mistake. By undialectically disregarding the impact of success on the
prospects for further capacity-driven growth, it encouraged long-term
adherence to policies which were suited only to a short spurt of growth
until labor was fully employed. The focus on capacity with, as Kriesler
observes, the false but perennial promise that truly remarkable growth in
consumer goods output is "just around the corner", may also have distracted
socialist attention from the pressing need in long term growth, to
encourage innovation in processes and products. Had attention been properly
focused on the role of innovation, then it is conceivable that a Soviet
means to encourage technological growth could have evolved, with possibly
far reaching consequences for the development of what, in practice, became
a failed social experiment.

At 11:32 PM 1/14/00 -0500, you wrote:
>On Fri, 14 Jan 2000, Duncan K. Foley wrote:
>> [Hayek] views the market as a device that does two things:
>> 1. It induces people to reveal at least some of this
>> information, which he thinks they otherwise would be
>> reluctant or unwilling to do. The market willy-nilly forces
>> people to take positions (or risks) that reveal some of
>> their information.
>Suppose I come up with an invention that permits the production
>of some item using less than the going amount of social labour
>time. If I'm operating in a market system I have an incentive
>to utilize that invention, undersell the competition and make a
>super-profit. My investment in the new technique reveals to
>others _that_ I have a new method, but it does not reveal what
>that method is, how it works. I may patent the new method and
>keep it a secret for as long as possible. Contrast this with
>the communist procedure that we see with Open Source software
>these days. A new invention is made; the inventor has the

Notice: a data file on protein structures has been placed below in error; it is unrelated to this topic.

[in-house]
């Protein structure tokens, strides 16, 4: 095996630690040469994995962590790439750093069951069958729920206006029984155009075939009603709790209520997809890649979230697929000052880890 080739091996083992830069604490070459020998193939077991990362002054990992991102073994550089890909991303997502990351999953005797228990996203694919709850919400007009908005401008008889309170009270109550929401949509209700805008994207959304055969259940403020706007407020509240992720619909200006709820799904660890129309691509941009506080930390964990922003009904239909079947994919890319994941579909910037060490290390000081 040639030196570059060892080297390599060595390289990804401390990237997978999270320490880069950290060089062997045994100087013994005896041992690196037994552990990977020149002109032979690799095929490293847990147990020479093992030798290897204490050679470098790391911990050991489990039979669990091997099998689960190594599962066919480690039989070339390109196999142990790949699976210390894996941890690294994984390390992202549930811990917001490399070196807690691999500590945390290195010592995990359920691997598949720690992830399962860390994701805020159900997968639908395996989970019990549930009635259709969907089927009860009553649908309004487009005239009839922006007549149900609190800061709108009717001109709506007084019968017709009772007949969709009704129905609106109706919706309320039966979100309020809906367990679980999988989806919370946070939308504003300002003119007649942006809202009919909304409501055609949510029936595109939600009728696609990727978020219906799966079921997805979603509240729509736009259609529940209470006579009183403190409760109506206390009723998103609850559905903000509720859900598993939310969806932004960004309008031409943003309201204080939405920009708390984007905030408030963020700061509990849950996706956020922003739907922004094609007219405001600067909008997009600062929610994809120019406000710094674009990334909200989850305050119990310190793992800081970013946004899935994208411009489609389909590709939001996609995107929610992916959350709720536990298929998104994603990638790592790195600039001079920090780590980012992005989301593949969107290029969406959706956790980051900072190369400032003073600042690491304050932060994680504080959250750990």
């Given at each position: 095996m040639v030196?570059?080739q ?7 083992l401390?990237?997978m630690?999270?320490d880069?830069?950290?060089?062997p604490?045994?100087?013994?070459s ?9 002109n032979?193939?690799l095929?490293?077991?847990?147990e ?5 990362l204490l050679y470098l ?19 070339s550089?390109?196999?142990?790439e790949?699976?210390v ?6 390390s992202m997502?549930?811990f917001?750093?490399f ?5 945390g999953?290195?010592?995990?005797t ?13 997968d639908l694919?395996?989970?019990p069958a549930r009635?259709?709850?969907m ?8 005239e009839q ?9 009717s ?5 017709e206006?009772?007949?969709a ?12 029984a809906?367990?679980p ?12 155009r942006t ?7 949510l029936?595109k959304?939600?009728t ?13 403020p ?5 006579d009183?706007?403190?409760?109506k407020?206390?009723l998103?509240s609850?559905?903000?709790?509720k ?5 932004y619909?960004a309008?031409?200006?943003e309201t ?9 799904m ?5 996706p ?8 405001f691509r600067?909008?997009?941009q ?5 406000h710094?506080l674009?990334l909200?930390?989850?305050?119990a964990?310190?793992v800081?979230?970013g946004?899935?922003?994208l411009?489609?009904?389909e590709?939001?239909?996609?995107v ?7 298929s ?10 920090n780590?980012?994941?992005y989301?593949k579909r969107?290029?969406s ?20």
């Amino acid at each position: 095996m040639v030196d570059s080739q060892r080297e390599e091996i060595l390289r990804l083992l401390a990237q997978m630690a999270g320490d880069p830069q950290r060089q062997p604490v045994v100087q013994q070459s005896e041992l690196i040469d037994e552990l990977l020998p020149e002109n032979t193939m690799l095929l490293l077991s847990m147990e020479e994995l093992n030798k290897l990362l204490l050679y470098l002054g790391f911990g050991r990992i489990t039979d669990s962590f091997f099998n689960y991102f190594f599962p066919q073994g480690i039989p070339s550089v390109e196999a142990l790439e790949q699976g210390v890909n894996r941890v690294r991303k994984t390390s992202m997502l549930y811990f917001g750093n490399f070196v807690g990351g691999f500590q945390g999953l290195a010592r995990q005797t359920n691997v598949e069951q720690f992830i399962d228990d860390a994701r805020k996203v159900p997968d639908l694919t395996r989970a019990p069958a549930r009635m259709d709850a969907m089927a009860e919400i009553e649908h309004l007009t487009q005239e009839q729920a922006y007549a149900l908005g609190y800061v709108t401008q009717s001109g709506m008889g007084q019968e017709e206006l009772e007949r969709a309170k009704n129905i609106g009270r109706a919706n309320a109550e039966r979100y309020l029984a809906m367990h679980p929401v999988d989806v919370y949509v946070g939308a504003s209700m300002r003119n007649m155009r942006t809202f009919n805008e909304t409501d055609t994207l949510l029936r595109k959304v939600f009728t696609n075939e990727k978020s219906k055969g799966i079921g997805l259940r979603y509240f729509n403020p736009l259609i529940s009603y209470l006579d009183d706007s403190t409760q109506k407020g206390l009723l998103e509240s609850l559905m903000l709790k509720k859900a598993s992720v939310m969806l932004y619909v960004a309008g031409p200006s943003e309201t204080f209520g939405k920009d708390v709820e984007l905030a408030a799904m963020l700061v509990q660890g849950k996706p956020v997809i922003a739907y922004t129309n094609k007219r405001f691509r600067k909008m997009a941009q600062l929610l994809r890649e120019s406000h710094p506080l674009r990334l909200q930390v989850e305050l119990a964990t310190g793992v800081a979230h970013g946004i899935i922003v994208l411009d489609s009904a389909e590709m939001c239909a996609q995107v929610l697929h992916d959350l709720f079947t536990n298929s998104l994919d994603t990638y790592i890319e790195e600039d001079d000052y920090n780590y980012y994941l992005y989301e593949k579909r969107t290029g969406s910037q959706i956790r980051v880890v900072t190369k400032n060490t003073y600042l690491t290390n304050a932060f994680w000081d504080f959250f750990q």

>incentive of kudos and the esteem of his peers to reveal what
>he's done, and the further incentive that by opening up the
>invention he's likely to get help with advancing it faster than
>The implied contrast with the view you ascribe to Hayek seems to
>be that people in a non-market system would just sit on their
>information, not revealing it for fear that they would get no
>reward and would just have their plan quota raised. That seems
>a bleak -- and, happily, unrealistic -- picture of human
>behavior, given a modicum of cooperative culture and interest in
>one's work.
>> 2. The market roughly integrates these disparate pieces of
>> information and thus makes social production possible.
>True, but here Paul's technical points kick in. There's reason
>to believe that a planned system using the right methods could
>do better than the market's "rough", slow, ex post integration.
>I believe (but then I would!) that the burden is now on those
>who maintain Hayek's position, to show just what it is that only
>the market is able to achieve.
>Allin Cottrell.
Dr. Steve Keen
Senior Lecturer
Economics & Finance
University of Western Sydney Macarthur
Building 11 Room 30,
Goldsmith Avenue, Campbelltown
PO Box 555 Campbelltown NSW 2560
s.keen@uws.edu.au 61 2 4620-3016 Fax 61 2 4626-6683
Home 02 9558-8018 Mobile 0409 716 088
Home Page: http://bus.macarthur.uws.edu.au/steve-keen/